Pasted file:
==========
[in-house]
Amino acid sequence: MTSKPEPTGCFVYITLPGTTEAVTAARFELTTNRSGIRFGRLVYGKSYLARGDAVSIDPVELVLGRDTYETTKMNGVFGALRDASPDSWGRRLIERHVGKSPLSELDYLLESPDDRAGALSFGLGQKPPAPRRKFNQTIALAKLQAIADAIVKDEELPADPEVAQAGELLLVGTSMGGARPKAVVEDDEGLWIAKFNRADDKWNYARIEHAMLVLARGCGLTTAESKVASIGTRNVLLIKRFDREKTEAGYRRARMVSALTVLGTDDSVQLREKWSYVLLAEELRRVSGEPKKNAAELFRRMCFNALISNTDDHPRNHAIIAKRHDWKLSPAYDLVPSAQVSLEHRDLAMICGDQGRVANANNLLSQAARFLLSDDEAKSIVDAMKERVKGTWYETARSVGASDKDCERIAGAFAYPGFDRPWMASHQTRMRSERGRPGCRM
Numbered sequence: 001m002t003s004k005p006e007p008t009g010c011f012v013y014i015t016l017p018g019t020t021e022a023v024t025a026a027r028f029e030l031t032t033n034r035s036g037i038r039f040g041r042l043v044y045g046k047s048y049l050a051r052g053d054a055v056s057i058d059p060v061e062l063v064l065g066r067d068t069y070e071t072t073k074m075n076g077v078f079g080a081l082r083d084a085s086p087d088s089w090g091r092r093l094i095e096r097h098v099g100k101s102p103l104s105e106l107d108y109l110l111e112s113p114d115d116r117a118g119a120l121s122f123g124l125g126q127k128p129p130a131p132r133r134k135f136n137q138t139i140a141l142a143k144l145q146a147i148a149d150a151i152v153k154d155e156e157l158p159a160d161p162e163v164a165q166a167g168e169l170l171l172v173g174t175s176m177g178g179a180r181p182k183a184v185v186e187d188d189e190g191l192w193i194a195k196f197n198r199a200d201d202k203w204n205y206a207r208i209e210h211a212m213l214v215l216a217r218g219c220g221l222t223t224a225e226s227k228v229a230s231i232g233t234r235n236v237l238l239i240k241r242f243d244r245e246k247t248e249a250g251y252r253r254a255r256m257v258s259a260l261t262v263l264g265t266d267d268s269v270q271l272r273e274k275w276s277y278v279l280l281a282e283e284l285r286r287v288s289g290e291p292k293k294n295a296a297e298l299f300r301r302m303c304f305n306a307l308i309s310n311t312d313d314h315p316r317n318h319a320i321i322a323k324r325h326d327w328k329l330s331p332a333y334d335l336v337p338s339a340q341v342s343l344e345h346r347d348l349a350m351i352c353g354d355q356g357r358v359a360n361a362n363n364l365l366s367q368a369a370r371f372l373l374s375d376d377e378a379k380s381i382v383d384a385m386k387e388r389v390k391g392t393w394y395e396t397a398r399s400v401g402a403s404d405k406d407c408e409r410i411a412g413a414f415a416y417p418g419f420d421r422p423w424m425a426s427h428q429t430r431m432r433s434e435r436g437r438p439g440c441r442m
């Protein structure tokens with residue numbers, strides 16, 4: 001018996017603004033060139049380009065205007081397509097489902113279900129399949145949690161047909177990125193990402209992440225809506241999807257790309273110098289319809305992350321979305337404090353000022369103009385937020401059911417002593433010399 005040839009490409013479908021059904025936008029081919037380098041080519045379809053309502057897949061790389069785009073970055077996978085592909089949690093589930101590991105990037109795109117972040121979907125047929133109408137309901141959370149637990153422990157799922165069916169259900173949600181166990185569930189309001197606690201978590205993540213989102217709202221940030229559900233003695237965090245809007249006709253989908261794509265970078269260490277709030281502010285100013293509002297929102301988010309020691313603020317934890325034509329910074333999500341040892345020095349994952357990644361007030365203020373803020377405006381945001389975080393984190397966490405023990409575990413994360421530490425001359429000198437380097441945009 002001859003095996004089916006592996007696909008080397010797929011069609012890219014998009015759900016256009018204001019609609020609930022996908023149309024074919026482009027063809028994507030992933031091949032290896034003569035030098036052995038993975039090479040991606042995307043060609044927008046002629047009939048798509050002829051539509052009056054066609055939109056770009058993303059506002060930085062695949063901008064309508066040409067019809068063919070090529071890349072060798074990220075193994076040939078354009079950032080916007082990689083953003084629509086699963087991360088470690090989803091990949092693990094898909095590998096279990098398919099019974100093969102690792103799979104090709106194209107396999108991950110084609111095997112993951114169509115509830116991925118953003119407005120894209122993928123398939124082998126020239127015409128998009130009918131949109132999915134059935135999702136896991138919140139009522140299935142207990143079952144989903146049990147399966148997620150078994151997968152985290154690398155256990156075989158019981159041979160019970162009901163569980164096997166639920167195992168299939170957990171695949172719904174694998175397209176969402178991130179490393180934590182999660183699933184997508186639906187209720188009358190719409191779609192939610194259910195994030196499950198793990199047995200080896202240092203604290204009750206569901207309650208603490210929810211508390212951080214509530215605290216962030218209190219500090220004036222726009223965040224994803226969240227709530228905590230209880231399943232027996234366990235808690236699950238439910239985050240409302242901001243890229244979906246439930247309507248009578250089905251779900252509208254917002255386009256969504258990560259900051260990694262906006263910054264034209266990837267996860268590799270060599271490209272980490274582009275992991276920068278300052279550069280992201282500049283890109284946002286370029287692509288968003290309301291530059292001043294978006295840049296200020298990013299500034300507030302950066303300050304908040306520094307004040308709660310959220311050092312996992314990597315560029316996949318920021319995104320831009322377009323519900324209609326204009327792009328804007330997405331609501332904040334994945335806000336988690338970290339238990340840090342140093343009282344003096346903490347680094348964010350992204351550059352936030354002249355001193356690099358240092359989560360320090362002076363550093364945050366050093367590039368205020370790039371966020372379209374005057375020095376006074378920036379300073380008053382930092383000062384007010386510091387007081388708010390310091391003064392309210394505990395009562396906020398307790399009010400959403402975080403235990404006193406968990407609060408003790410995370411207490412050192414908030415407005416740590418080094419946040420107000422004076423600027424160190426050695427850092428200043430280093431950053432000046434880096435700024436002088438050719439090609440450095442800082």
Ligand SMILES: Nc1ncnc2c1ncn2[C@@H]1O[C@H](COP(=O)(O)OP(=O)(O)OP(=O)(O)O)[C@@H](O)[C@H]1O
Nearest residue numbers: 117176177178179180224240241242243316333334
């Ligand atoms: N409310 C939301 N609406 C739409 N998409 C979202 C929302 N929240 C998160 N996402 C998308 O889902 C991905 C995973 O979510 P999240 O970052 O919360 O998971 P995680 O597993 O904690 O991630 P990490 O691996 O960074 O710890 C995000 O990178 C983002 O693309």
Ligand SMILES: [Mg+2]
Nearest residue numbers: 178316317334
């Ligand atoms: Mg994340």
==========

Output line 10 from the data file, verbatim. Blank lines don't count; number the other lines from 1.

């Ligand atoms: Mg994340």